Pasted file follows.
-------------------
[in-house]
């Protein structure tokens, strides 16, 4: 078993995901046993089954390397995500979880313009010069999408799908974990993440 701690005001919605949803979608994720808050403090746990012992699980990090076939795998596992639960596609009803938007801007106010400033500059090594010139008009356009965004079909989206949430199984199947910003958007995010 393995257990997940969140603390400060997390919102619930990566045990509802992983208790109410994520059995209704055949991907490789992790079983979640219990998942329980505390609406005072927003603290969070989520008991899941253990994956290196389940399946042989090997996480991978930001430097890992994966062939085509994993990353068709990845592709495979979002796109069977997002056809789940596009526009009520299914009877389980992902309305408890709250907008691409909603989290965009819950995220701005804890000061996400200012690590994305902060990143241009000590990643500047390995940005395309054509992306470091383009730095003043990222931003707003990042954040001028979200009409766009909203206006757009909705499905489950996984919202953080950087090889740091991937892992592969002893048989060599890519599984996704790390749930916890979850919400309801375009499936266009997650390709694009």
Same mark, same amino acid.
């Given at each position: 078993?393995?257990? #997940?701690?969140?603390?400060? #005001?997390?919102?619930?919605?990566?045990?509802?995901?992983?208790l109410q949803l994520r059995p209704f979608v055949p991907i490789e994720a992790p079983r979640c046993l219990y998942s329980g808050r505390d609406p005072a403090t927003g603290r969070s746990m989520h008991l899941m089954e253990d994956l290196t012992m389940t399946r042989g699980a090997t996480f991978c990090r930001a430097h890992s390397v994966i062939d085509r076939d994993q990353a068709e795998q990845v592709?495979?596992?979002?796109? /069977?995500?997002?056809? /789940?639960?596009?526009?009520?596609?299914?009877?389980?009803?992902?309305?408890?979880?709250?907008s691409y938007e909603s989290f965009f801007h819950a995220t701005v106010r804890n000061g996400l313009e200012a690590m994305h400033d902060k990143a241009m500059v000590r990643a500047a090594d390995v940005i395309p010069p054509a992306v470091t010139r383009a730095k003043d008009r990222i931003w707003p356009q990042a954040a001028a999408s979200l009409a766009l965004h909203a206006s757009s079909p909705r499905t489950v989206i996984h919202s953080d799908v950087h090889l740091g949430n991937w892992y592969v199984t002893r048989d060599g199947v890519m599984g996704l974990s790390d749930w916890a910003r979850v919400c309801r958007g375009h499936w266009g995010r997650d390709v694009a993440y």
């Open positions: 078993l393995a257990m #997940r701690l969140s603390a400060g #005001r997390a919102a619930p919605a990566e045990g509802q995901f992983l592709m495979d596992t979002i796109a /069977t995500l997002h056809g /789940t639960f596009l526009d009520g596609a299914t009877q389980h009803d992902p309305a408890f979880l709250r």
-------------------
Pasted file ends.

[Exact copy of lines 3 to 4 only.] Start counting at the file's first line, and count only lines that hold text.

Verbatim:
Same mark, same amino acid.
């Given at each position: 078993?393995?257990? #997940?701690?969140?603390?400060? #005001?997390?919102?619930?919605?990566?045990?509802?995901?992983?208790l109410q949803l994520r059995p209704f979608v055949p991907i490789e994720a992790p079983r979640c046993l219990y998942s329980g808050r505390d609406p005072a403090t927003g603290r969070s746990m989520h008991l899941m089954e253990d994956l290196t012992m389940t399946r042989g699980a090997t996480f991978c990090r930001a430097h890992s390397v994966i062939d085509r076939d994993q990353a068709e795998q990845v592709?495979?596992?979002?796109? /069977?995500?997002?056809? /789940?639960?596009?526009?009520?596609?299914?009877?389980?009803?992902?309305?408890?979880?709250?907008s691409y938007e909603s989290f965009f801007h819950a995220t701005v106010r804890n000061g996400l313009e200012a690590m994305h400033d902060k990143a241009m500059v000590r990643a500047a090594d390995v940005i395309p010069p054509a992306v470091t010139r383009a730095k003043d008009r990222i931003w707003p356009q990042a954040a001028a999408s979200l009409a766009l965004h909203a206006s757009s079909p909705r499905t489950v989206i996984h919202s953080d799908v950087h090889l740091g949430n991937w892992y592969v199984t002893r048989d060599g199947v890519m599984g996704l974990s790390d749930w916890a910003r979850v919400c309801r958007g375009h499936w266009g995010r997650d390709v694009a993440y």